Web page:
Meg McLean is a painter and children's illustrator living in Lyme, New Hampshire. Exhibit will be on display until April 27.
Open: March 7 – April 27
Meg McLean is a painter and children's illustrator living in Lyme, New Hampshire. Her illustrations appear in books and publications such as Click Magazine, Weekly Reader, and Zoo Books, and her paintings are in collections here, there, and everywhere. She has an MFA in Painting and Drawing from Cranbrook Academy of Art and is a member of the Copley Society of Art, Boston. Her website can be found at megmclean.com.
"When I was ten years old, what I wanted from life was simple; namely, to do a cover for The New Yorker. I also wanted a horse, but even I knew that was unrealistic.
I grew up with my parcel of crayons and paints in Michigan's Upper Peninsula where instead of trappings like cities or museums or grocery stores with avocados, we had squeaky-clean air, long dazzling winters, and magniﬁcent Lake Superior. The lake was the backdrop to every view looking north, a slice of deep blue along the horizon. If my childhood had a theme color, that blue would be it.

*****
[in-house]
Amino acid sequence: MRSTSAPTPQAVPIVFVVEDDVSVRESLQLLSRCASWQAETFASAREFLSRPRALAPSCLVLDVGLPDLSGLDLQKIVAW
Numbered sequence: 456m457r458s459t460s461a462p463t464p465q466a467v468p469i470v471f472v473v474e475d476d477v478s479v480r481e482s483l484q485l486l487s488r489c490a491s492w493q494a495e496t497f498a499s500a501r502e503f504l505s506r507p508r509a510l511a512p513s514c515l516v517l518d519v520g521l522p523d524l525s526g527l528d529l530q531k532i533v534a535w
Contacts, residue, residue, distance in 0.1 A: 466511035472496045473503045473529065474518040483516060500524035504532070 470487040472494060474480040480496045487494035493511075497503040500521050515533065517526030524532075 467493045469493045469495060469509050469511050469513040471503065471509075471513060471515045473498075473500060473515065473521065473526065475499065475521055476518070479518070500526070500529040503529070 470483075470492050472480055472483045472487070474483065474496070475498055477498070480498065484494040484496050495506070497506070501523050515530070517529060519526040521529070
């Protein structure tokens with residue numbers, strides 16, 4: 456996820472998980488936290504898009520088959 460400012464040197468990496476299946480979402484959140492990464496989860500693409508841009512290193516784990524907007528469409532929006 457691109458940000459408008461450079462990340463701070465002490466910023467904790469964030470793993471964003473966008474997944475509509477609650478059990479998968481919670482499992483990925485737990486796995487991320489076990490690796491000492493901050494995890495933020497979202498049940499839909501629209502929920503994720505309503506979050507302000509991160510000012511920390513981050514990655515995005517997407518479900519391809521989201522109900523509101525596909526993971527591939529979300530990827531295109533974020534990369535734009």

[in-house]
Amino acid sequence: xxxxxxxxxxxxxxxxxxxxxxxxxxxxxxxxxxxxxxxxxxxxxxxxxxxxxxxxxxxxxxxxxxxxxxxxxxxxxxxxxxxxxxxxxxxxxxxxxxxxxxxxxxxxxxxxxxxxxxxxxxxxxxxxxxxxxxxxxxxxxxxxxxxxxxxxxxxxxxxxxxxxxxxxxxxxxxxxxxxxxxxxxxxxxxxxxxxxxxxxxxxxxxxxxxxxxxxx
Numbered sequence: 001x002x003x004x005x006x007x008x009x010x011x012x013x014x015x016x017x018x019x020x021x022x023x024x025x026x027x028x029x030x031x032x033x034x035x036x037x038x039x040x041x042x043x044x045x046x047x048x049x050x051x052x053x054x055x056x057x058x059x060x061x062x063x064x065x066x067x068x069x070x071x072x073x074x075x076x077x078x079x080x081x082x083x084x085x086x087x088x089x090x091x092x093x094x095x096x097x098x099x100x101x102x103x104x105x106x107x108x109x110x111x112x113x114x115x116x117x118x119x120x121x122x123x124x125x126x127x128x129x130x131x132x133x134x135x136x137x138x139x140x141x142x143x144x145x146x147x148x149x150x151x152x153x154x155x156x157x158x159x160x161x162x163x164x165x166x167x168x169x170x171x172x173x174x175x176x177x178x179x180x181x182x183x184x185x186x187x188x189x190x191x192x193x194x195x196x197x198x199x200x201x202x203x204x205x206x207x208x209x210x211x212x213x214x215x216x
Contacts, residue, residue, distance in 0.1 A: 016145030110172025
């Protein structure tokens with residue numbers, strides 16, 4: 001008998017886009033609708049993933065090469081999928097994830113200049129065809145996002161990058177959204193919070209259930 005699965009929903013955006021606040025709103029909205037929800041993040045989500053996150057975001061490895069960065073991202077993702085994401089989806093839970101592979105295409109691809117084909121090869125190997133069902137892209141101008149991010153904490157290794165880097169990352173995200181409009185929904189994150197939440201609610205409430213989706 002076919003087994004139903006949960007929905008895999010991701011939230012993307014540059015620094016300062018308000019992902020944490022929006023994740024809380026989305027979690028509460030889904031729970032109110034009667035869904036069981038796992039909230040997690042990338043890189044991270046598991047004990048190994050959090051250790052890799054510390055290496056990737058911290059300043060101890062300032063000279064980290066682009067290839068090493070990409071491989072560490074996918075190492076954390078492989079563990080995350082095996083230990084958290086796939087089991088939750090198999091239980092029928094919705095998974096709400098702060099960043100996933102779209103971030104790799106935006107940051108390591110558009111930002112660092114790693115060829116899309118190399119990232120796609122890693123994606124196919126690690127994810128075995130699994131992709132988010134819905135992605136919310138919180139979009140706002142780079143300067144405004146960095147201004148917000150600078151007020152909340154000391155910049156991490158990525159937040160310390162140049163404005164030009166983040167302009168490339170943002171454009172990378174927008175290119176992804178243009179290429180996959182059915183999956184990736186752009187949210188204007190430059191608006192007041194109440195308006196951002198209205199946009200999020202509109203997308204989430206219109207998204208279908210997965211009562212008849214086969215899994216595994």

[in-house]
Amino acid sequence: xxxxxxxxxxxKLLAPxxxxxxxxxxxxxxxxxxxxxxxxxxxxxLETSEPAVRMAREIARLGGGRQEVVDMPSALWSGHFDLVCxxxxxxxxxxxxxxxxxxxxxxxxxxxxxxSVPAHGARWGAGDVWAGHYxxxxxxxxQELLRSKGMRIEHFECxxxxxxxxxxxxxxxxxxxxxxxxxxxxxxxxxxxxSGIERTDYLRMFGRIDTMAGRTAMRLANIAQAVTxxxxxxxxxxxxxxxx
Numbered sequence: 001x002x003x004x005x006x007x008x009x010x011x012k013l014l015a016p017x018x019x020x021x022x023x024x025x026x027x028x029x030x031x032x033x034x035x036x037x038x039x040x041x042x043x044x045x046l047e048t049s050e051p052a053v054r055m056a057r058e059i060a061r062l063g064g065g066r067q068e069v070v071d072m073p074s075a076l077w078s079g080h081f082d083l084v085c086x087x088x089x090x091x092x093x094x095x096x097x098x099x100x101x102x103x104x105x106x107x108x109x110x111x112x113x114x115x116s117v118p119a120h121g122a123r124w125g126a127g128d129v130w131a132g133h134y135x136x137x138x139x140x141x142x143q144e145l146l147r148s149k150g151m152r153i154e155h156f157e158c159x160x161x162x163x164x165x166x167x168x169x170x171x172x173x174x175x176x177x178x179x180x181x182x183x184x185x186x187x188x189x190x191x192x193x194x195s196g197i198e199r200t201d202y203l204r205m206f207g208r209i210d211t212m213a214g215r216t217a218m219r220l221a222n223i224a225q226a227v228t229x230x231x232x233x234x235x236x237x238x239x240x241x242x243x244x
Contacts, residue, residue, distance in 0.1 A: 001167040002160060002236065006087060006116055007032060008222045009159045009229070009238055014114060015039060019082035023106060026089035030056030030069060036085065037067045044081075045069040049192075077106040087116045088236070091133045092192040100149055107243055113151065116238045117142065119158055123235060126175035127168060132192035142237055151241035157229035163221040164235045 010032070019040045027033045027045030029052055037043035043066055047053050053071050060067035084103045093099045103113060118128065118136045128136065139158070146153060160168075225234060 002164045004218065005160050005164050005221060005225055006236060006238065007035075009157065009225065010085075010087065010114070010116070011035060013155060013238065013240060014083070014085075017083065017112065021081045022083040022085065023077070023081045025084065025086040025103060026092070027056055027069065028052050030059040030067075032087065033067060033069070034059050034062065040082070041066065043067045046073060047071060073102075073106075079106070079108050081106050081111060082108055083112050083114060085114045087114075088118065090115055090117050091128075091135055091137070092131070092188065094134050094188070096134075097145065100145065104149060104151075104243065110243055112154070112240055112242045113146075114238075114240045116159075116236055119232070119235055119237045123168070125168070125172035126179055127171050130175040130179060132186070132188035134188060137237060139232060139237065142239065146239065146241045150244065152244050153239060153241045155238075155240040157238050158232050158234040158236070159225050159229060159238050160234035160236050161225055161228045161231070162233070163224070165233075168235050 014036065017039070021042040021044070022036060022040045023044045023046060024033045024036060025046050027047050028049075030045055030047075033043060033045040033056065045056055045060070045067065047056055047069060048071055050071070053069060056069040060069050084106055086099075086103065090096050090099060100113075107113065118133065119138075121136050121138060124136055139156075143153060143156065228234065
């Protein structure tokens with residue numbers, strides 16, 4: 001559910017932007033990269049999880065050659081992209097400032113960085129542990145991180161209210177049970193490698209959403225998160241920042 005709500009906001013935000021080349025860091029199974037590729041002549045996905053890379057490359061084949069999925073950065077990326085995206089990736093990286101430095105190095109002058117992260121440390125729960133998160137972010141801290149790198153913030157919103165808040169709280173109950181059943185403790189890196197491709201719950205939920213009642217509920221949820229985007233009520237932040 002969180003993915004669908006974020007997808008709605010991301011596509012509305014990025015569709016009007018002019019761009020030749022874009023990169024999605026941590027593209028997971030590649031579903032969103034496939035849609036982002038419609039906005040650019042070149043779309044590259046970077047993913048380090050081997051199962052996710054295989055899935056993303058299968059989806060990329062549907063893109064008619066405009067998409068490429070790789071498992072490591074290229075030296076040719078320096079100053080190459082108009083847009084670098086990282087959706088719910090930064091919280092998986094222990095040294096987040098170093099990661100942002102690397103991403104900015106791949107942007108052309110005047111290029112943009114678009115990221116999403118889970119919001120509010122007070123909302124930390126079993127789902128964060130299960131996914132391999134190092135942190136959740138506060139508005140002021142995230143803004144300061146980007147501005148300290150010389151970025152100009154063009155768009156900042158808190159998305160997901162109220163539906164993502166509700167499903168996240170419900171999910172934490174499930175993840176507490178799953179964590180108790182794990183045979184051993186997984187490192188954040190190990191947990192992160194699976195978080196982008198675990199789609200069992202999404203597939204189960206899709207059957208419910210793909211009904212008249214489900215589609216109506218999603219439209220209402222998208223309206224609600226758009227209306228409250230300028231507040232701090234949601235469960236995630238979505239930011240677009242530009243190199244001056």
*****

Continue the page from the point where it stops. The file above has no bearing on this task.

I don't remember a time when I wasn't compelled to make pictures, inﬂuenced not only by the surrounding countryside and the art on a certain magazine cover, but also by illustrations in my favorite children's books. I poured over them, making copies, trying to ﬁgure out how the artists did what they did.
Oddly, none of the people making these books lived anywhere near my neck of the woods. The East seemed to be the place for artists. When the time came for college, I headed to New England to study art.
Here I am still in New Hampshire, where we have squeaky-clean air and (not-so-long) dazzling winters. The landscape closely resembles those scenes in the children's books that fed my imagination for so many years. And sure enough, you can't swing a dead cat around your head without hitting another artist.
I do miss Lake Superior, but in a pinch, there's always the Atlantic Ocean. And I'm still waiting for that call from New York . . ."
This is free and open to the public.
Events are free and open to the public unless otherwise noted.